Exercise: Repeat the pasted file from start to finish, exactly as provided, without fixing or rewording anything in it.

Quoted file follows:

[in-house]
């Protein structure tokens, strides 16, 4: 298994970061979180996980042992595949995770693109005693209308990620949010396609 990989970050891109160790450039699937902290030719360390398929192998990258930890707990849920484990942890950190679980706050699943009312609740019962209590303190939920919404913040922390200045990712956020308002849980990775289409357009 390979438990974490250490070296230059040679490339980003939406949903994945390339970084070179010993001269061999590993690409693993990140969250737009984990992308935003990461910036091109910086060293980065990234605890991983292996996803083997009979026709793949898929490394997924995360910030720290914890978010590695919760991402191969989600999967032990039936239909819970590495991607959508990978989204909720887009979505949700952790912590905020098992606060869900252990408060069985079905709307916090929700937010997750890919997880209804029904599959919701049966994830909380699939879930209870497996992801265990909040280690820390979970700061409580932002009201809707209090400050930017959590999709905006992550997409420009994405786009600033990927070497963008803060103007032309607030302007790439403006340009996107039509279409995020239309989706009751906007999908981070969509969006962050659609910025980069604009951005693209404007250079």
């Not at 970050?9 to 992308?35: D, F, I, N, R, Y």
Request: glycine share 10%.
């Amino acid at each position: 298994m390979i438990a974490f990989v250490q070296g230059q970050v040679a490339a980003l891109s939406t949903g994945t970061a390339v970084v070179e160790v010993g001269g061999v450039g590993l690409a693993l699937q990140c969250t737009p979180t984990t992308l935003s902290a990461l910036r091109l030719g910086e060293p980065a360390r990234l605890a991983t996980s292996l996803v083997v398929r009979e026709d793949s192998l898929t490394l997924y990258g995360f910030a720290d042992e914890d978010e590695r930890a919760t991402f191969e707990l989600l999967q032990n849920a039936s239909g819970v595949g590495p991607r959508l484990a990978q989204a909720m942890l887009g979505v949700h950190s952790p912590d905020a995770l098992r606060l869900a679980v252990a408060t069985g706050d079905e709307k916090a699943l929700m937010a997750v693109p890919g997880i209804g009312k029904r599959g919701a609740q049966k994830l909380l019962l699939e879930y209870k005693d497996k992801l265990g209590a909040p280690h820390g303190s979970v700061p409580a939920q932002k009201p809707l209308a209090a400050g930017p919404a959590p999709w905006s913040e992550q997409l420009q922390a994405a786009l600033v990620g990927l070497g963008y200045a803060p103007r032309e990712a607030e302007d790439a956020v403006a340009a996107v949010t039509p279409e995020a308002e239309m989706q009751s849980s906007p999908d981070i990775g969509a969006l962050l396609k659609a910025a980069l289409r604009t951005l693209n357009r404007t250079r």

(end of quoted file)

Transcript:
[in-house]
């Protein structure tokens, strides 16, 4: 298994970061979180996980042992595949995770693109005693209308990620949010396609 990989970050891109160790450039699937902290030719360390398929192998990258930890707990849920484990942890950190679980706050699943009312609740019962209590303190939920919404913040922390200045990712956020308002849980990775289409357009 390979438990974490250490070296230059040679490339980003939406949903994945390339970084070179010993001269061999590993690409693993990140969250737009984990992308935003990461910036091109910086060293980065990234605890991983292996996803083997009979026709793949898929490394997924995360910030720290914890978010590695919760991402191969989600999967032990039936239909819970590495991607959508990978989204909720887009979505949700952790912590905020098992606060869900252990408060069985079905709307916090929700937010997750890919997880209804029904599959919701049966994830909380699939879930209870497996992801265990909040280690820390979970700061409580932002009201809707209090400050930017959590999709905006992550997409420009994405786009600033990927070497963008803060103007032309607030302007790439403006340009996107039509279409995020239309989706009751906007999908981070969509969006962050659609910025980069604009951005693209404007250079």
């Not at 970050?9 to 992308?35: D, F, I, N, R, Y």
Request: glycine share 10%.
């Amino acid at each position: 298994m390979i438990a974490f990989v250490q070296g230059q970050v040679a490339a980003l891109s939406t949903g994945t970061a390339v970084v070179e160790v010993g001269g061999v450039g590993l690409a693993l699937q990140c969250t737009p979180t984990t992308l935003s902290a990461l910036r091109l030719g910086e060293p980065a360390r990234l605890a991983t996980s292996l996803v083997v398929r009979e026709d793949s192998l898929t490394l997924y990258g995360f910030a720290d042992e914890d978010e590695r930890a919760t991402f191969e707990l989600l999967q032990n849920a039936s239909g819970v595949g590495p991607r959508l484990a990978q989204a909720m942890l887009g979505v949700h950190s952790p912590d905020a995770l098992r606060l869900a679980v252990a408060t069985g706050d079905e709307k916090a699943l929700m937010a997750v693109p890919g997880i209804g009312k029904r599959g919701a609740q049966k994830l909380l019962l699939e879930y209870k005693d497996k992801l265990g209590a909040p280690h820390g303190s979970v700061p409580a939920q932002k009201p809707l209308a209090a400050g930017p919404a959590p999709w905006s913040e992550q997409l420009q922390a994405a786009l600033v990620g990927l070497g963008y200045a803060p103007r032309e990712a607030e302007d790439a956020v403006a340009a996107v949010t039509p279409e995020a308002e239309m989706q009751s849980s906007p999908d981070i990775g969509a969006l962050l396609k659609a910025a980069l289409r604009t951005l693209n357009r404007t250079r």